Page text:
Vannoy and Ross
February 8, 2011
It happens too often: There’s precious time in each day to get things done, and invariably a portion of the clock is used discussing pointless and non-value-add matters. Leaving people to wonder at that end of the meeting: “Did we get anything done?”
There’s a name for pointless conversations. They’re called “nonversations.”
Nonversations plague companies and leaders who suffer “the slows.” By definition, a nonversation is “a conversation that seems meaningless or without logic”[i].
“I want conversations to count for something,” a friend says. “The better we get at being real the more effective we are at having conversations that have purpose.”
Authentic leaders know how to steer clear of nonversations. The challenge becomes: How do you help your team derive even more value from the conversations they have each day? The answer: Ask greater questions.
Consider the question Patrick, a talented CEO in Portland, loves to ask his team: “What are we pretending we don’t know?”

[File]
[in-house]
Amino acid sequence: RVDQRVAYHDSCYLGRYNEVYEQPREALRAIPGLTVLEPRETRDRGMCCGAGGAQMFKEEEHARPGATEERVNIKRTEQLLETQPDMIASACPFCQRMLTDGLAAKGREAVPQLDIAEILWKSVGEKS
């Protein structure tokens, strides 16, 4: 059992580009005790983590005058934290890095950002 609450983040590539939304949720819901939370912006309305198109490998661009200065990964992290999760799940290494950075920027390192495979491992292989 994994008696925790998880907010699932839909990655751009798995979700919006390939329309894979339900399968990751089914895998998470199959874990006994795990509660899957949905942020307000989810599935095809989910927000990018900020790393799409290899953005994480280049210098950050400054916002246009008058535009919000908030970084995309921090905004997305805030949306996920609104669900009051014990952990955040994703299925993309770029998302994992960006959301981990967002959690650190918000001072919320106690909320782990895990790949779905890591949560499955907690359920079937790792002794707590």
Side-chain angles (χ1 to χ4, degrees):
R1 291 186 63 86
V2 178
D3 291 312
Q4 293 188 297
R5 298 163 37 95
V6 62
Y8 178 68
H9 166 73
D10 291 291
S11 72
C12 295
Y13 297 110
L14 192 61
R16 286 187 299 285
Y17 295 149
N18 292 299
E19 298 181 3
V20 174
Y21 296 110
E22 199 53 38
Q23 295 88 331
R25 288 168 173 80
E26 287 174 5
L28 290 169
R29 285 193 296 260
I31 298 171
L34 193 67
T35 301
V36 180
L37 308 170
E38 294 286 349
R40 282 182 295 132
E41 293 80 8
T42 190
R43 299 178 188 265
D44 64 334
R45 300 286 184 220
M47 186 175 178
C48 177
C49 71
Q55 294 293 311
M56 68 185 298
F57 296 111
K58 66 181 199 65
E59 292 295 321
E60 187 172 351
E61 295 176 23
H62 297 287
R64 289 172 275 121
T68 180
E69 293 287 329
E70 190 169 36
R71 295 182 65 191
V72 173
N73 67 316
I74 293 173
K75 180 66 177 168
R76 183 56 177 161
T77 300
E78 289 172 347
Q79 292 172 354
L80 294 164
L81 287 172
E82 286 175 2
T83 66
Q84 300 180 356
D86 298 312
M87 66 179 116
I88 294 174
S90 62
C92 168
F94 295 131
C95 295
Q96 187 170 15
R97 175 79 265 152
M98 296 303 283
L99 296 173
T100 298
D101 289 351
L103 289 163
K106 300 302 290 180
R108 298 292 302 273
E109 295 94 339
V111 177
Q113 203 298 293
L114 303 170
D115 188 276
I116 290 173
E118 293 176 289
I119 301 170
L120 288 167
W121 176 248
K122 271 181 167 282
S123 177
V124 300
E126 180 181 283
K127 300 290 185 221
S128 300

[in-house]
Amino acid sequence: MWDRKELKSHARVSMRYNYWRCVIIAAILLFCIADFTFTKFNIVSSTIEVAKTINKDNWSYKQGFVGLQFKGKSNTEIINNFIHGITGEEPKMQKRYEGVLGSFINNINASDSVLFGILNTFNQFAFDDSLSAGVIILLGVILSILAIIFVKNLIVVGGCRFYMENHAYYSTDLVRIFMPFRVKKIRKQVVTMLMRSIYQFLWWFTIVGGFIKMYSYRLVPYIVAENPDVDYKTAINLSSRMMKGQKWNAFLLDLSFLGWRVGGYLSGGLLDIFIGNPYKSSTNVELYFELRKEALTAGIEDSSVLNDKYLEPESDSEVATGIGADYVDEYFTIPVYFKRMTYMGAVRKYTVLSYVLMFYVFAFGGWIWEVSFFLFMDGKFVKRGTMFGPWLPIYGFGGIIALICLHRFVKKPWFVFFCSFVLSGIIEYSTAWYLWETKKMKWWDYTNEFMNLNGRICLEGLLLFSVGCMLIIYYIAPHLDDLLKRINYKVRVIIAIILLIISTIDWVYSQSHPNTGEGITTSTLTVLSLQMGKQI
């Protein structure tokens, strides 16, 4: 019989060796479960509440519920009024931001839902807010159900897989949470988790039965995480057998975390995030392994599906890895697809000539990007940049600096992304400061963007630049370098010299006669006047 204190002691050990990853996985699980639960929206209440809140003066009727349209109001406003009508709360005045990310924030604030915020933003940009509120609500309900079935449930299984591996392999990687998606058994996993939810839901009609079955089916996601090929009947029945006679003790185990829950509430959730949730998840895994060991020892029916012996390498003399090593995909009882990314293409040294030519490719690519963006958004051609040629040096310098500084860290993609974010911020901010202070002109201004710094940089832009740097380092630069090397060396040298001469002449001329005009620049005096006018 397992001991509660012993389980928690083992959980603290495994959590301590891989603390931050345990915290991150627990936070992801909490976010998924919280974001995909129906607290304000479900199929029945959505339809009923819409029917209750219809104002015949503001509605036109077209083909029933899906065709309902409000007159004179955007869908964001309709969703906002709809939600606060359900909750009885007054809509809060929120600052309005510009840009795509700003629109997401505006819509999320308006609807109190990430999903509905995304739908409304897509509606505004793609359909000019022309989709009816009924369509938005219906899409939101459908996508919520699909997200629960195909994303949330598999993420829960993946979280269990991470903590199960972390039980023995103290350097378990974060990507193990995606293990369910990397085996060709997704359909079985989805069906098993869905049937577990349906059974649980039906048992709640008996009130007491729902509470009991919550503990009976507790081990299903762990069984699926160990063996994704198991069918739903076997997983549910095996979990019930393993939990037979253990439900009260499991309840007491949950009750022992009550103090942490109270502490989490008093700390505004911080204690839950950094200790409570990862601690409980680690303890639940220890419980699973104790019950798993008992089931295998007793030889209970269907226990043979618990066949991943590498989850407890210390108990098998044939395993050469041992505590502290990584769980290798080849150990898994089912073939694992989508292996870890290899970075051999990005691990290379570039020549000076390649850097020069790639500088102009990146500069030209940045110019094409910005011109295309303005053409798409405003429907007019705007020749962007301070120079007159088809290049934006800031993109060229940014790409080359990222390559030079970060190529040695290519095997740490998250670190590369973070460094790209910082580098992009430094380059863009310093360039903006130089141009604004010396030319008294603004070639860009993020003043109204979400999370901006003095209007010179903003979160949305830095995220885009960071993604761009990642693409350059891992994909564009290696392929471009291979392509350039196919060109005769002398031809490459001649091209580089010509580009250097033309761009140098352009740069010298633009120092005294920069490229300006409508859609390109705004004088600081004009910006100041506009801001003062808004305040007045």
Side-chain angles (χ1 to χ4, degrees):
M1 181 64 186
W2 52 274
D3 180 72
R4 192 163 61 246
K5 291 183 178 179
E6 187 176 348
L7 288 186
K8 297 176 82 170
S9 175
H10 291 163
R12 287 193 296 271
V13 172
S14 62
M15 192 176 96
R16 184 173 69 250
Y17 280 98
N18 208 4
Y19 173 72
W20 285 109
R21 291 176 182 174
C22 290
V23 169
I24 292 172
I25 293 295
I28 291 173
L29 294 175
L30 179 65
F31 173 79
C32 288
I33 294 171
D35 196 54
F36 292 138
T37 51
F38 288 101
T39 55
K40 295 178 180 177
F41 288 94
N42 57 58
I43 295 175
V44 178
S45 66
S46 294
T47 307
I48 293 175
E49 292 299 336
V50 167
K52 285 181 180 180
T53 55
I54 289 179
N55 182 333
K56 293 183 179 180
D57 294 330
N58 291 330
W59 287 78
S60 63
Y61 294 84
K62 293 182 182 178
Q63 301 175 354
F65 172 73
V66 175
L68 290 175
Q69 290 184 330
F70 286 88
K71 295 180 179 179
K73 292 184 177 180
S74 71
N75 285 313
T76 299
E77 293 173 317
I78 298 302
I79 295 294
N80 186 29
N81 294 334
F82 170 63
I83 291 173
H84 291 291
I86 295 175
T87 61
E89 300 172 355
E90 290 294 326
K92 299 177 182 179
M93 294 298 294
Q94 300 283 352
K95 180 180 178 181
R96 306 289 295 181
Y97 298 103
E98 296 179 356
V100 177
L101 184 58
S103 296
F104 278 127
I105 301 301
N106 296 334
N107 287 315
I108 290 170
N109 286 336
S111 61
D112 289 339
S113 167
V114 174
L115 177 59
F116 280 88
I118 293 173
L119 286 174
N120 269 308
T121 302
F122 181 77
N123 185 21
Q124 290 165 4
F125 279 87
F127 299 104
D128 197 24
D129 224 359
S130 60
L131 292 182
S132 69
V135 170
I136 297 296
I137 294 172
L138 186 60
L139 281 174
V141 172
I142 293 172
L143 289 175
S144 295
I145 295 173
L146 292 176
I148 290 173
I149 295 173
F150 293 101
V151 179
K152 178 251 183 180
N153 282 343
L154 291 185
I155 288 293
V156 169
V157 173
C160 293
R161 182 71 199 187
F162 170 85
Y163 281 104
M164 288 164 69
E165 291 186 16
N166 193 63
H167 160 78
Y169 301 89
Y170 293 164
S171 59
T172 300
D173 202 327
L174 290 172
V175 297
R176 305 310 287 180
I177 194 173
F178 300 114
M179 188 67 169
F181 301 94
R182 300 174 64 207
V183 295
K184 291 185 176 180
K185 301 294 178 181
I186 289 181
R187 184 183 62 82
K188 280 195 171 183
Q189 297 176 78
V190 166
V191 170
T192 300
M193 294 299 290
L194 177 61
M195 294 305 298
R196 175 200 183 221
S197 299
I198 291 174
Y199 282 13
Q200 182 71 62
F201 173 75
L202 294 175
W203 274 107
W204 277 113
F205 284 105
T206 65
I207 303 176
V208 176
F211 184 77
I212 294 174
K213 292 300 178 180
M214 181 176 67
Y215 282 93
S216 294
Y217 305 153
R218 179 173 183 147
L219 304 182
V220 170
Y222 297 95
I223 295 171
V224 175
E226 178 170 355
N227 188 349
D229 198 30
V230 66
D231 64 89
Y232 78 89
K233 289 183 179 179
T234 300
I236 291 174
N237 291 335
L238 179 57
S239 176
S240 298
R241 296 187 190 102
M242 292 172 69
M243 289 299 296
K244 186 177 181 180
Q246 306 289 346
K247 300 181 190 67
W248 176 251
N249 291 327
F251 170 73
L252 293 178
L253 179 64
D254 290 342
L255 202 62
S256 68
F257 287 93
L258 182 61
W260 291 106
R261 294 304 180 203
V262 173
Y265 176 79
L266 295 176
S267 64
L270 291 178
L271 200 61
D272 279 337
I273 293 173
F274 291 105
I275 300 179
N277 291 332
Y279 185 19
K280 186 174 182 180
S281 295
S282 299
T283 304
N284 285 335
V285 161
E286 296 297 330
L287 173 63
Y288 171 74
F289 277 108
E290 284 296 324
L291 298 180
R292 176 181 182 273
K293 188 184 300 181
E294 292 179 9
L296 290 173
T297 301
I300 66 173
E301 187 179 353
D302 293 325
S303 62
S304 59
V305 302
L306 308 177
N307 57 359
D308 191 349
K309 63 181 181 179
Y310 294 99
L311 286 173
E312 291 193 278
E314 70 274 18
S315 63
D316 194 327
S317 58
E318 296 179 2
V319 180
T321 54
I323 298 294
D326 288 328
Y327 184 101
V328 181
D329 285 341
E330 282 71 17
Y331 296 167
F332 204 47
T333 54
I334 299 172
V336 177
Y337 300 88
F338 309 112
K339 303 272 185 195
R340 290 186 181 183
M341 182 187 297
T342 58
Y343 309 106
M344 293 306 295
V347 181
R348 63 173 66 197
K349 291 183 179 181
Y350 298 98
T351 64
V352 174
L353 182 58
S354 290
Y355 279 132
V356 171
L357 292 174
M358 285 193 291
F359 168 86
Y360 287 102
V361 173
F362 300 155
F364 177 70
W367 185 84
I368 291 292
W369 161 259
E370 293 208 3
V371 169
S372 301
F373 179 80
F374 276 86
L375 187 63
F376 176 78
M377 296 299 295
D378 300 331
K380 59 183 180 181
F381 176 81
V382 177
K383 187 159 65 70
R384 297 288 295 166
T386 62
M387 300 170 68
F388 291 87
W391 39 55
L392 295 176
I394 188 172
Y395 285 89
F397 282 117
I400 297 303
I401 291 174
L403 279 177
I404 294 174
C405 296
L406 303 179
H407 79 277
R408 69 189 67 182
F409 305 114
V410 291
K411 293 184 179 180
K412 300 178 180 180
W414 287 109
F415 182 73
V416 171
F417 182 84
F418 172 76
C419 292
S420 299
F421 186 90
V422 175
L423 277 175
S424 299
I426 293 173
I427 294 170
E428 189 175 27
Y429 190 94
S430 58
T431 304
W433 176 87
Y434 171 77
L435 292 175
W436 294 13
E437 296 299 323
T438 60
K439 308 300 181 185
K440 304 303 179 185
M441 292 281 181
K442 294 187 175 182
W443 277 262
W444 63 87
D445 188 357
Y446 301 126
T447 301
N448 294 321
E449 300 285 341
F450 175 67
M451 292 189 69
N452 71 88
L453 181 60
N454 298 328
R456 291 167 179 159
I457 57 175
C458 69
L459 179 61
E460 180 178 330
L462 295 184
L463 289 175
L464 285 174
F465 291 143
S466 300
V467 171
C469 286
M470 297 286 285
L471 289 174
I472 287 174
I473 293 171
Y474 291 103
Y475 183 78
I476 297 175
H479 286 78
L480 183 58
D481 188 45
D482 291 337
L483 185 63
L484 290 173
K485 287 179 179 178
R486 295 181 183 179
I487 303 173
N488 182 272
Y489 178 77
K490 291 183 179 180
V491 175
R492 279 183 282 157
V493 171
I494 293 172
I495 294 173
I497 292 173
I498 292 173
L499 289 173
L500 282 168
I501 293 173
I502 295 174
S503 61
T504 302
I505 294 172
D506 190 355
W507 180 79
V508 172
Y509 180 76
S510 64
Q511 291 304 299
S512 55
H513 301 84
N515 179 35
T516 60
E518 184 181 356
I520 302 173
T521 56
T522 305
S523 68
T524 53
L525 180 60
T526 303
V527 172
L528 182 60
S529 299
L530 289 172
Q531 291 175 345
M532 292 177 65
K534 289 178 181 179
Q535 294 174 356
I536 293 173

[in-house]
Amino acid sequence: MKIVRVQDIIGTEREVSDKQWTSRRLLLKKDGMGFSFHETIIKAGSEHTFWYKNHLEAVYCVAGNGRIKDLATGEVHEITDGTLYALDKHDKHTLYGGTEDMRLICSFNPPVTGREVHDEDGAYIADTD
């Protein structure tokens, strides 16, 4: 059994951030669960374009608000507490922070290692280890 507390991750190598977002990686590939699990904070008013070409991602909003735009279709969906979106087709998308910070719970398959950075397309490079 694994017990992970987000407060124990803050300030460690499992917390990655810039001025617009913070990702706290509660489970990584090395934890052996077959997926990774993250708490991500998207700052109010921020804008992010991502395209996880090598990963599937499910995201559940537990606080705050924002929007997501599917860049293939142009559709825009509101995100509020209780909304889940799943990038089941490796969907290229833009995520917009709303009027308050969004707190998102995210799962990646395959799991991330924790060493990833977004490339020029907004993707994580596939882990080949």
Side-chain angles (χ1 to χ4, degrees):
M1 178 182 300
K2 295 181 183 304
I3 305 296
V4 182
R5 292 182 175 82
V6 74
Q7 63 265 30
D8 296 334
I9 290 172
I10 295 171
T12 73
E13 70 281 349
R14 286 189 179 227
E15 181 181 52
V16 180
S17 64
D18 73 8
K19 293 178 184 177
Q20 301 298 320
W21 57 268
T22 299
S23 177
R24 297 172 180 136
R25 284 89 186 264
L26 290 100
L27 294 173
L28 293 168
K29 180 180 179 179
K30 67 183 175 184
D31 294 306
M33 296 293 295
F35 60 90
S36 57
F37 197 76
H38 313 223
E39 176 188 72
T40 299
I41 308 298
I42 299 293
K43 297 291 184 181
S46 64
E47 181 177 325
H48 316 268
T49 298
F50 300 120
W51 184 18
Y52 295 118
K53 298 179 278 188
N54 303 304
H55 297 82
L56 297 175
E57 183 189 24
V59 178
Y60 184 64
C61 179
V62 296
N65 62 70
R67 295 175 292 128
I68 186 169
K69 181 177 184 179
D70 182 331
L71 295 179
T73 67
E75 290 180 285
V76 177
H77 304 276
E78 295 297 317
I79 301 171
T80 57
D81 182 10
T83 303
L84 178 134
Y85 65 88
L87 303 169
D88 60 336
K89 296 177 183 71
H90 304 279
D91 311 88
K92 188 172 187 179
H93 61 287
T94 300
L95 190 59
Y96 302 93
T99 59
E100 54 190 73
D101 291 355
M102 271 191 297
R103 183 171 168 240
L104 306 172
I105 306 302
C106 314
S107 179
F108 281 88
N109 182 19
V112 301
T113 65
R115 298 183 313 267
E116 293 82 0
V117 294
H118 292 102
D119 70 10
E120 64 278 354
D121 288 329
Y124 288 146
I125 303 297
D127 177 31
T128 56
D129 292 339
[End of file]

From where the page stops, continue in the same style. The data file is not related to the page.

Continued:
For example, “We may think our product is the best on the market, but we just lost on four of our last five sales calls. What are we pretending?”
Or, “That guy down the hall has been here for a year. He’s talented, but no one likes to work with him. As supervisors, what are we pretending?”
Or, “We may think we can cut costs to get to sustained profitability. What are we pretending?”
This week, what questions will you ask to help others move from nonversations to more value-add conversations? Please share your thoughts in the reply box below.